If you thought English dictionaries adding "D'oh!" — the ever-so-famous catchphrase from pop culture icon Homer Simpson — and "unfriend" in the past was a big deal, or even humorous, you may find yourself LOLing about this one. The Oxford English Dictionary (OED) has decided to include various Internet instant messaging language terms, or as they call it "noteworthy initialisms," including OMG, FYI, LOL, and even the non-acronymic ♥. They join the ranks of IMHO, TMI, and BFF.
The OED argues that these initialisms are much faster to type than their full forms and help to "say more in a media where there is a limit to a number of characters one may use in a single message," like while texting or on Twitter.
But they also say that these abbreviations have been seen in print and spoken use. In fact, OMG has been recorded all the way back to 1917 from a personal letter, FYI originated in 1941, and LOL started in 1960. Back then, it meant elderly woman, as in "little old lady." And according to the OED's research, the initialisms whether electronically or in print help evoke a "gossipy mode of expression" and can even "perhaps parody the level of unreflective enthusiasm or overstatement that can sometimes appear in online discourse, while at the same time marking oneself as an ‘insider’ au fait with the forms of expression associated with the latest technology."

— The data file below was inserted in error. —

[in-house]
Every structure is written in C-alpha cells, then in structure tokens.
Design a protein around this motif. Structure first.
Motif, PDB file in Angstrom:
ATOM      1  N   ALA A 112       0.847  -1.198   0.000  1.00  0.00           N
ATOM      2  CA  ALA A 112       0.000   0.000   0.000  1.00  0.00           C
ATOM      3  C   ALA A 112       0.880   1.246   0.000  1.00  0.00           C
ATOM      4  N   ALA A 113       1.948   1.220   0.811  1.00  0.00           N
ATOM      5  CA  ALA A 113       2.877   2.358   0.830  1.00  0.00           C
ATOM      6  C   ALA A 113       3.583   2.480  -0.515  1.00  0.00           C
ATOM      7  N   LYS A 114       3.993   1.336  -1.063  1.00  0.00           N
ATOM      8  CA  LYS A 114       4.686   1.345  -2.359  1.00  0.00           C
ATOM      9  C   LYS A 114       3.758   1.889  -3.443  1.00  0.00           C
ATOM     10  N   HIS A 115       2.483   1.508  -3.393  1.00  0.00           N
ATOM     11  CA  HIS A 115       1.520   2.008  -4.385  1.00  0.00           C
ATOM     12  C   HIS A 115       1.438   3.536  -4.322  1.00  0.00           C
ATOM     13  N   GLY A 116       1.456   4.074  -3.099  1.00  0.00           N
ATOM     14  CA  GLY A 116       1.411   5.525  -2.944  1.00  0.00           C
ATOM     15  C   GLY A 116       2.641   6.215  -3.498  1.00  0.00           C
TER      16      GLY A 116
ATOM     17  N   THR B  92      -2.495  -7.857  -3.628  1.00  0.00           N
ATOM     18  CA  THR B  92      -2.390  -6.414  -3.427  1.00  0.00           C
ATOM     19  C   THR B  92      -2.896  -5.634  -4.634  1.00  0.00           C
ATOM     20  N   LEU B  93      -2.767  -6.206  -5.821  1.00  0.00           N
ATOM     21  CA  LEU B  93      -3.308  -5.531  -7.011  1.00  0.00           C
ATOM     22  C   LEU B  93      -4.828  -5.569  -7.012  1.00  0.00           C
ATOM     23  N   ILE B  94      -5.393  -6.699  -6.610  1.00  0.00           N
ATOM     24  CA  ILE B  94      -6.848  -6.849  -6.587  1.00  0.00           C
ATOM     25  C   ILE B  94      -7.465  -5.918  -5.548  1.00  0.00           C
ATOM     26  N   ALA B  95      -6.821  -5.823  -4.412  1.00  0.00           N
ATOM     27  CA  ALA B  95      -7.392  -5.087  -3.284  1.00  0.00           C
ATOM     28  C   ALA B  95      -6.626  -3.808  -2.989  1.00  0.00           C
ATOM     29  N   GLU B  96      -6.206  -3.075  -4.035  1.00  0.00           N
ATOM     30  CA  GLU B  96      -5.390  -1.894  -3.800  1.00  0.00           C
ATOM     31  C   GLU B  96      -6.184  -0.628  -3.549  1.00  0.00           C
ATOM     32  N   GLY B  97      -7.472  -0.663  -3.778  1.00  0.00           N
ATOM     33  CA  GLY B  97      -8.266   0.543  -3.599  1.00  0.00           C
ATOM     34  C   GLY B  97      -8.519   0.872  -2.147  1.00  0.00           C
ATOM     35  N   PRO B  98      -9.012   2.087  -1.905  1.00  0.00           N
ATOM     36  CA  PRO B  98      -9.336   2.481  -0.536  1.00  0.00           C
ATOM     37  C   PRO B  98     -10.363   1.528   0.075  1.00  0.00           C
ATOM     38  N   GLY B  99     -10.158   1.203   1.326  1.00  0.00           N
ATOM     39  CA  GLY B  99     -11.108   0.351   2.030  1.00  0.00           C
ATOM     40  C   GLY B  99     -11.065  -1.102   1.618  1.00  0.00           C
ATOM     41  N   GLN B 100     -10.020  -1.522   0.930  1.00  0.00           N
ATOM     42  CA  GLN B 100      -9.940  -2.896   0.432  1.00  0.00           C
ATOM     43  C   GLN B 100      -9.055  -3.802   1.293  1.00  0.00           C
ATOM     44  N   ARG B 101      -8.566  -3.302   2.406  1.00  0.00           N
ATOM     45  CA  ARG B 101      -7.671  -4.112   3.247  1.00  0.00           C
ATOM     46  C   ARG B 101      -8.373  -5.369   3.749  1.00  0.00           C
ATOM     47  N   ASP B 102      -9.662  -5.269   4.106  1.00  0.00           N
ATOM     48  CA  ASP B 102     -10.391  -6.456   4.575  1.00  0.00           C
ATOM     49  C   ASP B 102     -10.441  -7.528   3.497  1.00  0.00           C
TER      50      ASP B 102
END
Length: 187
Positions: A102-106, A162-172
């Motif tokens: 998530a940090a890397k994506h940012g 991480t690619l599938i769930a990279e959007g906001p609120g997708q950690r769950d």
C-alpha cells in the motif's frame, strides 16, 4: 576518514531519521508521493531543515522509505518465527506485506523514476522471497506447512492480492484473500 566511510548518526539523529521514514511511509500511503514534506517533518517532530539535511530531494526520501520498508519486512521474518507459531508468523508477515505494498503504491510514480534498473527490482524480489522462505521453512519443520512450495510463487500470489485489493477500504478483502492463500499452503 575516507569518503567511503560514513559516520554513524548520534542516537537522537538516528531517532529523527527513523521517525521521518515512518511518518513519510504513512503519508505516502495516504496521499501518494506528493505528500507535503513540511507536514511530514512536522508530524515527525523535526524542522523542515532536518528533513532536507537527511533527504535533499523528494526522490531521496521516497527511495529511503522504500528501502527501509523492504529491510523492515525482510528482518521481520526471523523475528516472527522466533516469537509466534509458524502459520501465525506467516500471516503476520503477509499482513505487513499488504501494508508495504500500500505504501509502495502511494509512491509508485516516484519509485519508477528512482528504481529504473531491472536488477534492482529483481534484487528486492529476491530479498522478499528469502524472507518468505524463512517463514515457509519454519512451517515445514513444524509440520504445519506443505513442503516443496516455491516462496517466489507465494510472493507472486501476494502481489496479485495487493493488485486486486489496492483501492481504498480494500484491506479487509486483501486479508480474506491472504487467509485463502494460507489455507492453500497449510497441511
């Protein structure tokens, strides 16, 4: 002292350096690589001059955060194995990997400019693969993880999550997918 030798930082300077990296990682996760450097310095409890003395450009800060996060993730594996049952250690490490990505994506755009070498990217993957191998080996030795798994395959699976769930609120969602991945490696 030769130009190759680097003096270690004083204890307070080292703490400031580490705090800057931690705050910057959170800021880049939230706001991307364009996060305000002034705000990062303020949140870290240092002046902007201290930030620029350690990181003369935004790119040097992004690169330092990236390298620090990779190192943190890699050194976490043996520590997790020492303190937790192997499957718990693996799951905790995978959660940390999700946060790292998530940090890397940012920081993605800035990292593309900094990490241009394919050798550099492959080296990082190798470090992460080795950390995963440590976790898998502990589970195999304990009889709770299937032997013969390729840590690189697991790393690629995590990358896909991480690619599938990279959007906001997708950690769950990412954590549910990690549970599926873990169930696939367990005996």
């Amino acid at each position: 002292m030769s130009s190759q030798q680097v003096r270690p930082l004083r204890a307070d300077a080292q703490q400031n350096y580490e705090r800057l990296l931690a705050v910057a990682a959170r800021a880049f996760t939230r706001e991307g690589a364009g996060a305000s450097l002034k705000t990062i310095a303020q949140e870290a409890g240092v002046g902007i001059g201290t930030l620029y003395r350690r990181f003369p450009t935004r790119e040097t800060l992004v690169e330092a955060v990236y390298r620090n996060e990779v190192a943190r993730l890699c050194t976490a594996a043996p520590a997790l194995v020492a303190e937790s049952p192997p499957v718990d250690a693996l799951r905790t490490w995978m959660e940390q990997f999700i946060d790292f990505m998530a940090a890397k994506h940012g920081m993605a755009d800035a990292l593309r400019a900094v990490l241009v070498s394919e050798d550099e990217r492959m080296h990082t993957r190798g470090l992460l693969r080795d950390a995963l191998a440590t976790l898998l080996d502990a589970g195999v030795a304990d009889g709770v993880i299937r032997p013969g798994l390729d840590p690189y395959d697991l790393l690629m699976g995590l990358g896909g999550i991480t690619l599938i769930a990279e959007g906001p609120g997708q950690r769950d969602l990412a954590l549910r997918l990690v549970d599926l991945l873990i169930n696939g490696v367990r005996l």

The OED defines LOL as an "interjection" or a way to "draw attention to a... humorous statement." OMG as a noun is the expression of "astonishment, excitement, [or] embarrassment" while as an adjective is something that would cause someone to exclaim "oh my God!" And ♥, a verb, is defined as "to heart."
Originally, ♥ got its start in well-known logos like the "I ♥ NY" campaigns, earliest quoted in 1984 as "I heart my dog's head" as a joke about t-shirts and bumper stickers that would feature a heart and an image of a respective dog breed.